The competition regulator has confirmed it will oppose the acquisition by Woolworths of a suburban supermarket outside Canberra, acting against the strategy of ”creeping acquisitions” by major retailers and leaving an opening for an independent operator.

Details of the proposed acquisition by Woolies of the Karabar supermarket in Queanbeyan were aired during hearings held by the Australian Competition and Consumer Commission’s inquiry into the grocery industry in April.

The hearing heard that independent supermarket owner Supabarn Group, headed by Canberra businessman Eric Koundouris, had been negotiating to buy the supermarket, but had been ”gazumped” by Woolworths.

The hearings also heard of concerns over the strategies used by Woolies and Coles, such as restrictive leases and using planning laws to stop rivals, in order to maintain their retail duopoly.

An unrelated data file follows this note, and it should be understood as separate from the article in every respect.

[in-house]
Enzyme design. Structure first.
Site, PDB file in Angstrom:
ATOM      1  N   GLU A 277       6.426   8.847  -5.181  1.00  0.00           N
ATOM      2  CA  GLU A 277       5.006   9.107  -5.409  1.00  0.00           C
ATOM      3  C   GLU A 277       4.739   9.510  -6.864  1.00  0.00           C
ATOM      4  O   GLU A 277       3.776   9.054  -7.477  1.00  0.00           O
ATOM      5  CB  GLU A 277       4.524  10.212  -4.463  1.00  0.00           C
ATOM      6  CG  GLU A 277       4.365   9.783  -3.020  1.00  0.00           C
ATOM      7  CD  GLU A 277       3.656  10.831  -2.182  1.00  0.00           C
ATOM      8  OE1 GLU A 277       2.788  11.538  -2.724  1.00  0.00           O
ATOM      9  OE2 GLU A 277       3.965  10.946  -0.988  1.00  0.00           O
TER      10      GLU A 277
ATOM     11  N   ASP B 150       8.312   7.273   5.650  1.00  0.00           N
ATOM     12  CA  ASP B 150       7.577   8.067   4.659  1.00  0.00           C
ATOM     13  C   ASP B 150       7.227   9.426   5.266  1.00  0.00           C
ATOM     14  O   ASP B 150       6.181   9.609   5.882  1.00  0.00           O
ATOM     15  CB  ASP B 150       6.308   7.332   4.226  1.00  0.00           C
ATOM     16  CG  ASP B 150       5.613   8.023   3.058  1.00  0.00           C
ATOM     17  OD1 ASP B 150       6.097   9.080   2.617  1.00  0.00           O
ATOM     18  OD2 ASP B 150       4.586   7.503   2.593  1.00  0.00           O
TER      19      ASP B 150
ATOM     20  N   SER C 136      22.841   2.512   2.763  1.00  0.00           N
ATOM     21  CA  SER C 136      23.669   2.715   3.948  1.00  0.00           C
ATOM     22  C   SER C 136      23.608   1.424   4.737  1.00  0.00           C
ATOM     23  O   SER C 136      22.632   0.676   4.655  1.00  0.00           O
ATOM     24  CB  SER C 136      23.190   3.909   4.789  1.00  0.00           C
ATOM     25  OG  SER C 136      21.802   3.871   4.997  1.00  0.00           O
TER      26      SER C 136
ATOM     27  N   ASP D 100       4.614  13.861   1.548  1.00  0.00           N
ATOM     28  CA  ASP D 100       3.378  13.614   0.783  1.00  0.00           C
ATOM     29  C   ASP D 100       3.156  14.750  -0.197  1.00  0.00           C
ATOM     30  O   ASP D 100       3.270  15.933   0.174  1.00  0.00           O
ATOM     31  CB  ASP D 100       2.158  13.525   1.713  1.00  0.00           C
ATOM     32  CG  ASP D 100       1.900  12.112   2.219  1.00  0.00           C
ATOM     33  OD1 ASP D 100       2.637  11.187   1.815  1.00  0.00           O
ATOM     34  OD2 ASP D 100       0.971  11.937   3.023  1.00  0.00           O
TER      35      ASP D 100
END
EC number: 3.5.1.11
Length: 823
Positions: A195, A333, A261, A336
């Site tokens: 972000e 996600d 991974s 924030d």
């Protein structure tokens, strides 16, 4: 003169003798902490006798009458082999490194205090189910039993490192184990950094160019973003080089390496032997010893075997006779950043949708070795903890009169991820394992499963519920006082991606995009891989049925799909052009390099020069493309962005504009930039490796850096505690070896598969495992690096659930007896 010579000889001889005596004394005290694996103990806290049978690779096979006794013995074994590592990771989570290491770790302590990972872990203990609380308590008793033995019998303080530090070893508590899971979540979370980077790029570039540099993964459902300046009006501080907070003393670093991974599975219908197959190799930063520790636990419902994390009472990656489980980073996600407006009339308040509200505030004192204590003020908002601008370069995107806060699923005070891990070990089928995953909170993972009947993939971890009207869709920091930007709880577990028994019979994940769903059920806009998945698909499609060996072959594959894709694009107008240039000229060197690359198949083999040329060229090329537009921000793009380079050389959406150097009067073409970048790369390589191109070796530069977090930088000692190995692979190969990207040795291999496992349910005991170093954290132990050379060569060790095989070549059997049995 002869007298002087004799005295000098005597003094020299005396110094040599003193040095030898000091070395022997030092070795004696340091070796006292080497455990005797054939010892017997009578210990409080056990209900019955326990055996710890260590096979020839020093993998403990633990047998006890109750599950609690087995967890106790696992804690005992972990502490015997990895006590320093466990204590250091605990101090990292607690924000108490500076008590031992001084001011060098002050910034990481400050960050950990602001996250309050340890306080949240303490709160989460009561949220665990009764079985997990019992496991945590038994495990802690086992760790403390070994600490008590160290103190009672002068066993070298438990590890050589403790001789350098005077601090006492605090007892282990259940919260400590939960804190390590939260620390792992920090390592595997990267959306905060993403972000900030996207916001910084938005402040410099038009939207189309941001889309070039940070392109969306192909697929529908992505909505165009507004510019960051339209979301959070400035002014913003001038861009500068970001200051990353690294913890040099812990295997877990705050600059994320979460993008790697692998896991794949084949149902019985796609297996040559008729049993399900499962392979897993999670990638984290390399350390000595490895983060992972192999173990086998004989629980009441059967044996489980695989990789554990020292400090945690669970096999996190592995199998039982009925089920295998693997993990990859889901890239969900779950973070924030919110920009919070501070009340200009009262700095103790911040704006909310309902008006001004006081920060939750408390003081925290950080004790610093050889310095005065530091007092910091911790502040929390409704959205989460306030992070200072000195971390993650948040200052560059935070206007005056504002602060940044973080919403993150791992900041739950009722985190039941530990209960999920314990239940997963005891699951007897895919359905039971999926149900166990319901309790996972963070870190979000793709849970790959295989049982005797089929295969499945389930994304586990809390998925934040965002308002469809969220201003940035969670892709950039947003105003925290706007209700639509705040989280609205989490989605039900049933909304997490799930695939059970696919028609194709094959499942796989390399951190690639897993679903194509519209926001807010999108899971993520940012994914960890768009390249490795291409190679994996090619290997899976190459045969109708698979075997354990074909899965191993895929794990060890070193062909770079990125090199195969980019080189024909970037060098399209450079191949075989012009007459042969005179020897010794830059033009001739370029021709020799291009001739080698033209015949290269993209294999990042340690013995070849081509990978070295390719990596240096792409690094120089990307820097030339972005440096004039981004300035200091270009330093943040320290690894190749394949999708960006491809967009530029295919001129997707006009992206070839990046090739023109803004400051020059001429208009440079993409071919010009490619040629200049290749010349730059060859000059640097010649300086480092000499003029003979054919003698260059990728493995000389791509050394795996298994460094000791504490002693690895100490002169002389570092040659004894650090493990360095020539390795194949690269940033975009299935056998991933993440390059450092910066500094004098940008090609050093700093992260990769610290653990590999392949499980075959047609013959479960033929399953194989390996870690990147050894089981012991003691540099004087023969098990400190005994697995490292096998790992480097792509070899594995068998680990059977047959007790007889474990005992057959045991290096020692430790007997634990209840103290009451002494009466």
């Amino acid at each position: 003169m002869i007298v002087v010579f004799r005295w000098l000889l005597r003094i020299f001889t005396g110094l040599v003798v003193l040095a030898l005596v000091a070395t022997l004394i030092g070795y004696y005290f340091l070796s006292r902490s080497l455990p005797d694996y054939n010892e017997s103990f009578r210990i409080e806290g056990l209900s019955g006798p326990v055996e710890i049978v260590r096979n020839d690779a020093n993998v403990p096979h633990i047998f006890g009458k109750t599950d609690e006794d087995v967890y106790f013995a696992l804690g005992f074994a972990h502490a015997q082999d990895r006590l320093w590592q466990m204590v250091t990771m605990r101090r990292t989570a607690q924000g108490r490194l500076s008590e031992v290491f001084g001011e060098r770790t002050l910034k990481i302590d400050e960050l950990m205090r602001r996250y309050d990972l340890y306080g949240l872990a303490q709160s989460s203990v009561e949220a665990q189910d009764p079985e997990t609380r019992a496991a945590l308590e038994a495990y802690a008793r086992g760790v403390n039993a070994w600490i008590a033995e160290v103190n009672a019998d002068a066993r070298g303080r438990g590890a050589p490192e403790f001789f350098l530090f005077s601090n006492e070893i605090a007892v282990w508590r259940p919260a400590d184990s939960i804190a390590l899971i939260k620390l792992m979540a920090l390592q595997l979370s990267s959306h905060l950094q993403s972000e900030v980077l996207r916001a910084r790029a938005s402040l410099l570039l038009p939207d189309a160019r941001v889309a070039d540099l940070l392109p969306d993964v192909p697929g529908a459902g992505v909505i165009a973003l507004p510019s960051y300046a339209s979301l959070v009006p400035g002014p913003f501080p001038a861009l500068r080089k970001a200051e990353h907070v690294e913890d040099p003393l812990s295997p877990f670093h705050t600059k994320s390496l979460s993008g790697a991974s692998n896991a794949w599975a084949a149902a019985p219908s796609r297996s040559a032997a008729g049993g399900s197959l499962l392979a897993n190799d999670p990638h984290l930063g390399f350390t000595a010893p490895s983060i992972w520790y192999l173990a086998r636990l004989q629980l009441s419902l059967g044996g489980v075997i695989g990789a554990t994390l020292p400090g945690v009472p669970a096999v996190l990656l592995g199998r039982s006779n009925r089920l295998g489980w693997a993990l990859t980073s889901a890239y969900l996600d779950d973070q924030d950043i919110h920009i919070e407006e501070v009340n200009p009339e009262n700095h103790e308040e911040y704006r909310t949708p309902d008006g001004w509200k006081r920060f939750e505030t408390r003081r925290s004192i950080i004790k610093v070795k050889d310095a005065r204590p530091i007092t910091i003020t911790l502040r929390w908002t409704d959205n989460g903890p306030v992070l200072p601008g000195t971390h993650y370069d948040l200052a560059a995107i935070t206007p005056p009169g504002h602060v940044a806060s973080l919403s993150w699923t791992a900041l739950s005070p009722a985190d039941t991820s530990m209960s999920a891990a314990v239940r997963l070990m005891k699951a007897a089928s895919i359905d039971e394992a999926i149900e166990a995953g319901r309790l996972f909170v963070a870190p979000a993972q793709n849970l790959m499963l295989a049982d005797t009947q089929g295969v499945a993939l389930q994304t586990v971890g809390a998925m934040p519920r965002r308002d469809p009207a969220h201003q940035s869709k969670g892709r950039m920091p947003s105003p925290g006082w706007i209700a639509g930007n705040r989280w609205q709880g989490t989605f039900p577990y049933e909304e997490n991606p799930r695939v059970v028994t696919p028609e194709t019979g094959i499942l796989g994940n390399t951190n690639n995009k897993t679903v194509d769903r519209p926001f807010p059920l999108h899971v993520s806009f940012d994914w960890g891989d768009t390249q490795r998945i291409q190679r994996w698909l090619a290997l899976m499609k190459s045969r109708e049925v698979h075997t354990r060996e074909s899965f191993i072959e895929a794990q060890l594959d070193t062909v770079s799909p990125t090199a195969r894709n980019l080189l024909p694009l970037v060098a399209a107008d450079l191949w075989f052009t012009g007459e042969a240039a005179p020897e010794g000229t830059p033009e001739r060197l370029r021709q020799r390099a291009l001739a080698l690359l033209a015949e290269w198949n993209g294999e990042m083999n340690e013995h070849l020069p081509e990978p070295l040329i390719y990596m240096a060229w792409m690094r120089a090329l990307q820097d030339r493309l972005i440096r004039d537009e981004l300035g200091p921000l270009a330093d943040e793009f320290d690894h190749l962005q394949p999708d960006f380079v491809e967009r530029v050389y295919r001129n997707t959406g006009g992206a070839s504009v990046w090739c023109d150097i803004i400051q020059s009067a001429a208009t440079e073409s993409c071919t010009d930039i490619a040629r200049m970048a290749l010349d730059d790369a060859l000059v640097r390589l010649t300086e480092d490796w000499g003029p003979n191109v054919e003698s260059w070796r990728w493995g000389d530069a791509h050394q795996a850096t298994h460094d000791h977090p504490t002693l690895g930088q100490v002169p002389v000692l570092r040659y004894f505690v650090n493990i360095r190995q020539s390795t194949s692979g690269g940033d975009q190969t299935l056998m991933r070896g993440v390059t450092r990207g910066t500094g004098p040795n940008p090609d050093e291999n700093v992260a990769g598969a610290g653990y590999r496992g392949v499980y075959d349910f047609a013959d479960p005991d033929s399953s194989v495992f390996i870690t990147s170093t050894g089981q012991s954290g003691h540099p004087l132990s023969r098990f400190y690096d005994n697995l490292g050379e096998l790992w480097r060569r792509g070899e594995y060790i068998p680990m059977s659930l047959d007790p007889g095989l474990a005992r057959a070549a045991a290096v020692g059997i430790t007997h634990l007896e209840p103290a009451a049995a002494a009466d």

Today’s statement by the ACCC follows a preliminary report last month indicating it was inclined to take a strong line against the acquisition. It opens the way Mr Koundouris to buy the supermarket.

ACCC chairman Graeme Samuel said he had concluded the acquisition would be likely to substantially lessen competition.

If the deal proceeded, Woolies would own three of the four full-line supermarkets in the Queanbeyan area, or three out of five if the smaller Aldi supermarket was included, he said.

Mr Koundouris told Mysmallbusiness the decision was a ”win for competition and consumers”, saying he believed it was the first time the strategy of creeping acquisitions by the larger deep-pocketed retailers had been successfully challenged.

”It’s a good step but if the government is really serious about keeping the lid on grocery prices and inflation, more needs to be done,” he said.

Mr Koundouris called on local councils to be allowed to assess planning applications for new sites on competition grounds, so that smaller operators had a chance to bid for sites, rather than being passed over by developers in favour of the cashed-up majors.

The ACCC said Supabarn supermarkets offered a different proposition to existing operators in the local market and created greater consumer choice and enhanced competition.

The ACCC is expected to deliver its report into the grocery industry to the government by 31 July.